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Former Pyramid Lake Paiute Tribe Chairman Talks Native Issues, Election Turnout


The Pyramid Lake Paiute Reservation is one of the largest in the state. But, some tribal members say they feel ignored by politicians locally and nationally.

Noah Glick visited Pyramid Lake High School for the caucus over the weekend. He met up with Norman Harry, the former chairman for the Pyramid Lake Paiute Tribe to discuss voter turnout and the 2020 Election more generally.

KUNR: What would it take to get higher turnout here? We’ve got the site here, which is a good first step. In your view, what would you like to see to increase turnout among native voters?

Harry: I think what would help is if the candidates could actually come out. Maybe four years from now, or three years from now when the process starts all over again, to actually get together and see the lands. We have to do the same thing even with our state legislators, because most of them come from urban settings. They have no idea what’s out here. They have no idea what this tribe specifically at Pyramid Lake has accomplished with its water rights settlements, and Truckee River Operating Agreement and all of that.

Back in 2016, the tribe was involved in a lawsuit to get polling sites on the reservation and to increase early voting and a few other things. What has been the significance of that work this election? Are you seeing more participation? Did that help get people more engaged in the process?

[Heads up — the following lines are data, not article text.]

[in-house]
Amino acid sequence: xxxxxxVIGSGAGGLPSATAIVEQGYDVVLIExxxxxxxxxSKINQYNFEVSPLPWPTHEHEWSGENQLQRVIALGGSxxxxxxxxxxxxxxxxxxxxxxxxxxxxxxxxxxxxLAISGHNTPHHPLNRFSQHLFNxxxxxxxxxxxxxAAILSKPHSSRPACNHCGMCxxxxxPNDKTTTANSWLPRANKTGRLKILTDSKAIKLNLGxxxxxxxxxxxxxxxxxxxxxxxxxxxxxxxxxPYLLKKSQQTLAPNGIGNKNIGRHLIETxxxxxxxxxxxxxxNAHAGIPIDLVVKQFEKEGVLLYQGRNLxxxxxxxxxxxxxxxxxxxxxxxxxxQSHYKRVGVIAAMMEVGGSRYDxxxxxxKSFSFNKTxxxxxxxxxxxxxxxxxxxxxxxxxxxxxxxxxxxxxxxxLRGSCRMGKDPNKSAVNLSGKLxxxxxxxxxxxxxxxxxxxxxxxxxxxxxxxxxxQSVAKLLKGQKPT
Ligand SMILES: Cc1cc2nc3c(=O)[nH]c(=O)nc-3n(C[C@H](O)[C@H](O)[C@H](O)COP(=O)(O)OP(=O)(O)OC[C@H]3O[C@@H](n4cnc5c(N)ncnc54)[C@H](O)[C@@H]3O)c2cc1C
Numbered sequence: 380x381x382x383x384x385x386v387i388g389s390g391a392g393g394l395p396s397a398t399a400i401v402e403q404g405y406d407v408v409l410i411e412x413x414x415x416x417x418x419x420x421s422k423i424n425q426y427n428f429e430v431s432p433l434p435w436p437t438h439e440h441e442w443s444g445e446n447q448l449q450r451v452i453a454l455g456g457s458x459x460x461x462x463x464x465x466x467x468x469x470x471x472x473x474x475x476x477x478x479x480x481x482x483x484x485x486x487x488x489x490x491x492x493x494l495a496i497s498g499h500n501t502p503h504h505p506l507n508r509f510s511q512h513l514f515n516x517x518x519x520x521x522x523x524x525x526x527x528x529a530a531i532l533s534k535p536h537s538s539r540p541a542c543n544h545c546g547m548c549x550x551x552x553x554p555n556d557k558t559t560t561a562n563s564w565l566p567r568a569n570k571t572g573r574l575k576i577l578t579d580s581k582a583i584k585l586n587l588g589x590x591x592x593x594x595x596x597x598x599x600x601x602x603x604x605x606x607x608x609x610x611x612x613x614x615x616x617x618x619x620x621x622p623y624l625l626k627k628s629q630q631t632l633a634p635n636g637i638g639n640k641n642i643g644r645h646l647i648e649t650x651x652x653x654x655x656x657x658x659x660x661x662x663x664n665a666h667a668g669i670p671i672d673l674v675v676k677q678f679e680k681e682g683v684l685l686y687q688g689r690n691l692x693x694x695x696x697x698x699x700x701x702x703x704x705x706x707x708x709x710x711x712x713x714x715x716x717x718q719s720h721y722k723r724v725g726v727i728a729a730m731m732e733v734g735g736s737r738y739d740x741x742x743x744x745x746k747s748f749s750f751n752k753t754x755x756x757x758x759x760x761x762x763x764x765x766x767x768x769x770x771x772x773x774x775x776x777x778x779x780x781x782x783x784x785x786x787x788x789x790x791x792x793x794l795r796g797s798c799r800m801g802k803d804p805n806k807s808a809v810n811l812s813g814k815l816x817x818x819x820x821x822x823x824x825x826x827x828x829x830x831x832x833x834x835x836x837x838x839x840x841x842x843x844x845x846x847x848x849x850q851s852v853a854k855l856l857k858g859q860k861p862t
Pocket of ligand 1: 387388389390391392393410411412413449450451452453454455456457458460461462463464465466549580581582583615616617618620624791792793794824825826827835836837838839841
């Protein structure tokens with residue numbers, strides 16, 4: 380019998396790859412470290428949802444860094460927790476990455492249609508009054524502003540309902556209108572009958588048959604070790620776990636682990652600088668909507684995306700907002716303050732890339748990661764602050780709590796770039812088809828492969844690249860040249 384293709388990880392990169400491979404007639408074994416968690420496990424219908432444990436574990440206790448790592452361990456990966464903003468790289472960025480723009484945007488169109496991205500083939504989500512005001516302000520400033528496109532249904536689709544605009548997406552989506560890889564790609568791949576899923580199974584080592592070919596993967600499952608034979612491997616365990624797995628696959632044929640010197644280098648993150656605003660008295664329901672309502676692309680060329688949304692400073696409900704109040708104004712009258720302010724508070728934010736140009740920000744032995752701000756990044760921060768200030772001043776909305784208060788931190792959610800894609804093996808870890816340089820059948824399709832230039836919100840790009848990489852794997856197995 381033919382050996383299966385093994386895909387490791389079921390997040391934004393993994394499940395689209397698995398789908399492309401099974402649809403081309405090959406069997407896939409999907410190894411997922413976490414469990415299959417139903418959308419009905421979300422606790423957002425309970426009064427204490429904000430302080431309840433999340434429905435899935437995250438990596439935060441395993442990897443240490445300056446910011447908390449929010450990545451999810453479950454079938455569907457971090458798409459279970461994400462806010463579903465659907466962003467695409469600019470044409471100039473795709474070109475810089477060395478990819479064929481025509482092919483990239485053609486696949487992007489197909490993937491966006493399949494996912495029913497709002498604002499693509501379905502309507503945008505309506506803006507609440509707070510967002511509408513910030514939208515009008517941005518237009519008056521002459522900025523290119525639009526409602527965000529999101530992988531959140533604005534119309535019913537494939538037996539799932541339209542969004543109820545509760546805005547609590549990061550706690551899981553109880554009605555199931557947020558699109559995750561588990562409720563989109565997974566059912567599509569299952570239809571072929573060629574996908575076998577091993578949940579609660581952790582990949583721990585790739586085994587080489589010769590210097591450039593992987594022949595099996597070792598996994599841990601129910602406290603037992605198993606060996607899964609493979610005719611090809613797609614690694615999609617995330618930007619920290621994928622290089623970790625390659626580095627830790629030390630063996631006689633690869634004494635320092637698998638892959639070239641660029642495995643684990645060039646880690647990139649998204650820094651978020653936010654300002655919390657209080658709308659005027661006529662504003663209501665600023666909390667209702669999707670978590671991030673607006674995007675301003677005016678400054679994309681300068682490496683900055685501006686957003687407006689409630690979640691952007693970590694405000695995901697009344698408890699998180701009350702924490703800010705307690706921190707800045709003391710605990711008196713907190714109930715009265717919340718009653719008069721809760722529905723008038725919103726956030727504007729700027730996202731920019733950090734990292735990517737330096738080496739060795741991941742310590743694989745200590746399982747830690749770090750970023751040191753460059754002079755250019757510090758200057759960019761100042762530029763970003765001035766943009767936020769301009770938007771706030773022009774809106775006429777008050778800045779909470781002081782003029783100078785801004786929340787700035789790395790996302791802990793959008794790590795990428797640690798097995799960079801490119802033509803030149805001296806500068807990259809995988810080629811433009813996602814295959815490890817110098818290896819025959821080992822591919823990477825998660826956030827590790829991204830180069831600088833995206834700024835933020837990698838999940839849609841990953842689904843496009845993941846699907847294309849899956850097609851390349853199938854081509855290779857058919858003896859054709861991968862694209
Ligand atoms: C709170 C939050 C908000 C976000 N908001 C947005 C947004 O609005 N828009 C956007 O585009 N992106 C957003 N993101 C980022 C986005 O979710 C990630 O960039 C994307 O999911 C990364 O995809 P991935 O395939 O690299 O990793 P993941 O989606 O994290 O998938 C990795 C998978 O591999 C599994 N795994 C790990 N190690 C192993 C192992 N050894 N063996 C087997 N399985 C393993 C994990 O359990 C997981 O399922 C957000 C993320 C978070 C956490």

I think it really helped, not only in our area, but also across the state of Nevada. Essentially the agreement was between the state and the tribe for those that wanted to have polling places. And I know other tribes have taken advantage of that.

I noticed there was a little bit of confusion around this site having some native communities having to go to another site. What are your thoughts on that? Would you like to see every community here on the reservation come to the same site?

I think you have to look at things logistically. So early voting took place in Wadsworth, which is our southern most township. Now, we’re in the central community of the Pyramid Lake Paiute Tribe, so logistically it makes more sense to hold this event here centrally. So, then you got Sutcliffe 18 miles to the West and of course, Wadsworth 16 miles to the south. So, there’s always going to be questions that come up about this and that, but this is where we held the caucus the last time as well, too.

What is the significance of the native vote and getting more tribal members out to the polls?

To me, being involved with our tribal government for so long and to be involved with some of the most controversial water settlements, it’s very disheartening to have witnessed President Trump rolling back all of the protections for air, water quality, all the environmental concerns, opening up our cultural significant areas for mining. And that’s something that’s been protected for decades. And now, if we anticipate a Democrat getting in, I think the word has already been spread that these are the areas that are significant for our native people.

And even the lands bills that are being considered right now, we still look at that as a land grab, and they really haven’t consulted with the tribes, because there’s areas that we’re surrounded by here at Pyramid Lake that are federal lands, BLM [Bureau of Land Management] lands, so on and so forth. We could utilize adding those lands onto the reservation to protect our resources. We don’t need mining right west of our reservation, it’s all BLM land. So we fought for decades in the courts and through negotiations to protect our fish, protect our water, protect our land.

Noah Glick is a former content director and host at KUNR Public Radio.
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